The purpose of a healthcare system must be to do what is best for peoples’ lives. The system must be designed to achieve that goal. At NBCC, we believe that value to patients should be the cornerstone of the conversation about drug pricing. Today, U.S. drug manufacturers enjoy monopolistic market power and set prices as high as possible. As a result, many of their drugs launch with huge price tags despite little added value or innovation.
Some recent examples of this in breast cancer include:
While drug price negotiation is critical to providing access to quality health care to all Americans, it is just a start. NBCC believes that the next conversation in drug pricing must be about value-based drug prices so that Americans have access to drugs that actually benefit them at prices they can afford.
To this end, NBCC adopted the following five principles for value-based drug pricing:
Everyone Must Benefit from Drug Pricing Reform
Drug pricing reform must be comprehensive. New and existing drugs must be subject to pricing reform, and private and government-provided insurance coverage must be included.
Drug Prices Must Reflect Value to People’s Lives
Health care consumers generally and breast cancer advocates more specifically want drugs that significantly extend the length and/or quality of their lives. The reality is that most drugs coming to market today do neither of these but do carry significant financial costs.
NBCC urges reform that results in an evidence-based system where drugs are priced based on how well they improve people’s lives. Value-based approaches to drug pricing can encourage drug makers to produce more of what people need, drugs that will enhance health and/or quality of life.
Independent and Fair Assessments Must Determine Value
Independent analyses should inform drug value assessments. Organizations conducting assessments must be independent, free of any conflicts of interest, and have a transparent and reviewable methodology.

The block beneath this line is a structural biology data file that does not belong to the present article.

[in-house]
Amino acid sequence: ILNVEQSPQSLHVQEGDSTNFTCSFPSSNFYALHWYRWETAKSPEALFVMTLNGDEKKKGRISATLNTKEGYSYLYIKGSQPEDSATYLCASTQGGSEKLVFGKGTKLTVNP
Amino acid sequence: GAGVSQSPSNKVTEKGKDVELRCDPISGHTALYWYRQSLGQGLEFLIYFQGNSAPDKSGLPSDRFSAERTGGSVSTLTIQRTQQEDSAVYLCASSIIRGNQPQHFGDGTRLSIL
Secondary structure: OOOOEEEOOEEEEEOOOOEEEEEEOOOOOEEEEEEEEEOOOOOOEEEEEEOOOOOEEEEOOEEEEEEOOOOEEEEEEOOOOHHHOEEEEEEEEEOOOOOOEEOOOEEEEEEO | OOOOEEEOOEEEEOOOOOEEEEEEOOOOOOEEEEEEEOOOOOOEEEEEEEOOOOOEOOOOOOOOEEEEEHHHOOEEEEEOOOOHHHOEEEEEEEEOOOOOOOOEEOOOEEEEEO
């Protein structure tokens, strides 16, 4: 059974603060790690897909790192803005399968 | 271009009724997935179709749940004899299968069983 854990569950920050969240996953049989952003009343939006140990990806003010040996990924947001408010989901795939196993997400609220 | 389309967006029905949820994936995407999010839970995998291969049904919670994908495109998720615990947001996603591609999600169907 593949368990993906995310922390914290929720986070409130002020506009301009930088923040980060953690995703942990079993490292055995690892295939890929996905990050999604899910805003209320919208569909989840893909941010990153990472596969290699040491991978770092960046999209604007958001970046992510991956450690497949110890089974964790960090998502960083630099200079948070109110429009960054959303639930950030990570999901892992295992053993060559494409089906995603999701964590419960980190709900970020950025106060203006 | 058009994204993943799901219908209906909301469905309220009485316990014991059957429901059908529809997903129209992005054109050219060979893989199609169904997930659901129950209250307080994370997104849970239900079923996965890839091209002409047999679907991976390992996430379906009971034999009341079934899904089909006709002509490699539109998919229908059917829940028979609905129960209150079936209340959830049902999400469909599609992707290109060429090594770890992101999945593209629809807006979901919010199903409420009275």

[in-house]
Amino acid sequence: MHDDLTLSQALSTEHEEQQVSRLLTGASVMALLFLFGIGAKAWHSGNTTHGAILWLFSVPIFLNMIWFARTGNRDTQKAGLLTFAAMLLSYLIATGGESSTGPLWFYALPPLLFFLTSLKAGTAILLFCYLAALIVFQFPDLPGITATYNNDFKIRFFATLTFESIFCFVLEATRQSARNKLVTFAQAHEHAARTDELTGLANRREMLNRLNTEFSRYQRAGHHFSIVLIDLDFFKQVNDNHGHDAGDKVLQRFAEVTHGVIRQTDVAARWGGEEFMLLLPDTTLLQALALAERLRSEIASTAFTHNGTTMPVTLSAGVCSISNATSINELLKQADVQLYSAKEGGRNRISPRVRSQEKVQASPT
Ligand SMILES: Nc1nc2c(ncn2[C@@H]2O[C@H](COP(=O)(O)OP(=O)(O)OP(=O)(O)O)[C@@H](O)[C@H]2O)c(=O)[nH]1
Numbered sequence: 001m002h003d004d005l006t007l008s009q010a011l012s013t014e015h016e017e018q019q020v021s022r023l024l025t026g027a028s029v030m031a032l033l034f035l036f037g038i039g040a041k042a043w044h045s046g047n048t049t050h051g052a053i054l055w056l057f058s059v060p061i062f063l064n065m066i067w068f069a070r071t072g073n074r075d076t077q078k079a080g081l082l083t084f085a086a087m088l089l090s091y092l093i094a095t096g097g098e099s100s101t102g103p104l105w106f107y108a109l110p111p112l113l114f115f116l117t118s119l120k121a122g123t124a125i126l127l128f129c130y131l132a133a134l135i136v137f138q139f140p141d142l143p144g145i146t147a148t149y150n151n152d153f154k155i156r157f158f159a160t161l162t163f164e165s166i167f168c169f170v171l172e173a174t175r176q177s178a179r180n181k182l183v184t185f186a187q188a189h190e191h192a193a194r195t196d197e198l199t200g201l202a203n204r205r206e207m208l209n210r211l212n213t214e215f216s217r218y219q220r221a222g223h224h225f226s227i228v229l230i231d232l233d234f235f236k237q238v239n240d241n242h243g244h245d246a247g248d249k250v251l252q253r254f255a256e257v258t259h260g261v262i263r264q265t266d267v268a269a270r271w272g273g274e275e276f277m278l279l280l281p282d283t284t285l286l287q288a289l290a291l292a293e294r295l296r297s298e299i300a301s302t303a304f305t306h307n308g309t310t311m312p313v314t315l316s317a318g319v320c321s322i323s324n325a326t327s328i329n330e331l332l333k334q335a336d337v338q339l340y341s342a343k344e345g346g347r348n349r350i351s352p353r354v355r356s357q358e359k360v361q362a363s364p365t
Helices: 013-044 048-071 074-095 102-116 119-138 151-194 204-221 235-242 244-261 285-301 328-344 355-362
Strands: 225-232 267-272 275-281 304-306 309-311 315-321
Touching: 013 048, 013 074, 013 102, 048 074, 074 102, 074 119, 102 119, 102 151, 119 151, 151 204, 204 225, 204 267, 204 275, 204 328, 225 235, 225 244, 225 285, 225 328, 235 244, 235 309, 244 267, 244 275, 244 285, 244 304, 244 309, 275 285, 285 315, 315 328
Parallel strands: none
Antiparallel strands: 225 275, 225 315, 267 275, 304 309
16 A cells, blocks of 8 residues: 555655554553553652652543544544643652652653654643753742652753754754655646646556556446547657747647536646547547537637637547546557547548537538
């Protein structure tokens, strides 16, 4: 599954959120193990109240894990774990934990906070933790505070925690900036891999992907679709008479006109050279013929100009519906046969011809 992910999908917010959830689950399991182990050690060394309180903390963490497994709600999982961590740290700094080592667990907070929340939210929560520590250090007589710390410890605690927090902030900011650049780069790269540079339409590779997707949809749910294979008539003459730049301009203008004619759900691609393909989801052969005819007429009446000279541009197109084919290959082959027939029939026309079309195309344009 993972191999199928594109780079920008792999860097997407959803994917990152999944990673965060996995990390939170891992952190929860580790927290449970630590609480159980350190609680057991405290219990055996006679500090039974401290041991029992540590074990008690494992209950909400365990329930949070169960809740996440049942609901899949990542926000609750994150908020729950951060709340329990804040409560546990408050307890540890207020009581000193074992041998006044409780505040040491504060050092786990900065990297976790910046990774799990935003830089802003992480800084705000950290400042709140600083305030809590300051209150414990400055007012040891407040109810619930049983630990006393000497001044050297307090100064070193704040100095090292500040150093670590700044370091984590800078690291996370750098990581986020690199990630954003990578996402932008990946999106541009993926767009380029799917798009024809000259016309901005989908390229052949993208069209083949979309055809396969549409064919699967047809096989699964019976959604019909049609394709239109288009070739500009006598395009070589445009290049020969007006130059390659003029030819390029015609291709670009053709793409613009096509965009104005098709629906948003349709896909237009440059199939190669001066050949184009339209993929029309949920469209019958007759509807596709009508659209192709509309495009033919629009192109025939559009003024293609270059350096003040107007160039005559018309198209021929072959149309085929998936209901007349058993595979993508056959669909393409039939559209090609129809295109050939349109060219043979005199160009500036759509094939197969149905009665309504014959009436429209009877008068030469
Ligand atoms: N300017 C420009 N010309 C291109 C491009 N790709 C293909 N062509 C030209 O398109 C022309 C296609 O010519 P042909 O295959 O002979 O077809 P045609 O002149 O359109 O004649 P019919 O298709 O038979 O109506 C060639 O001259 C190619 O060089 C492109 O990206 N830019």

The Process Must Include Educated Patient Advocates
Educated patient advocates who represent a constituency must have a meaningful seat at the table in determining value in all aspects of drug pricing policy, including evaluation and negotiation.
Patient advocates must be centered in the drug pricing discussion. Educated patient advocates can bring a truly comprehensive view to the table on what matters most to a healthcare system focused on ‘peoples’ lives.
Reform Must Include Strong Enforcement Mechanisms
Drug price policies must include strong, meaningful, and effective enforcement mechanisms.
NBCC will continue to work with you on our shared goal to make certain that effective treatments are also affordable and accessible. The ability to negotiate drug prices under Medicare is a necessary step to that end.
Thank you again for the opportunity to submit testimony. We look forward to working with the Senate Finance Committee on this issue of critical importance to American consumers.
 Breaking News: Medical Debt and Your Credit Report, Oncolink, March 23, 2022
 July 1, 2021 Analysis of Launch and Post approval Cancer Drug Pricing, Clinical Benefit, and Policy Implications in the US and Europe
 CDC, Annual Report to the Nation on the Status of Cancer, October, 2021
 Many Medicare Beneficiaries Do Not Fill High-Price Specialty Drug Prescriptions, Health Affairs, April 2022. https://doi.org/10.1377/hlthaff.2021.01742
 Comprehensive Reform to Lower Prescription Drug Prices, Madeline Twomey, Center for American Progress, January 29, 2019
How Medicare Could Get Better Prices on Prescription Drugs, Kevin Outterson and Aaron S. Kesselheim, Health Affairs Vol. 28, 2009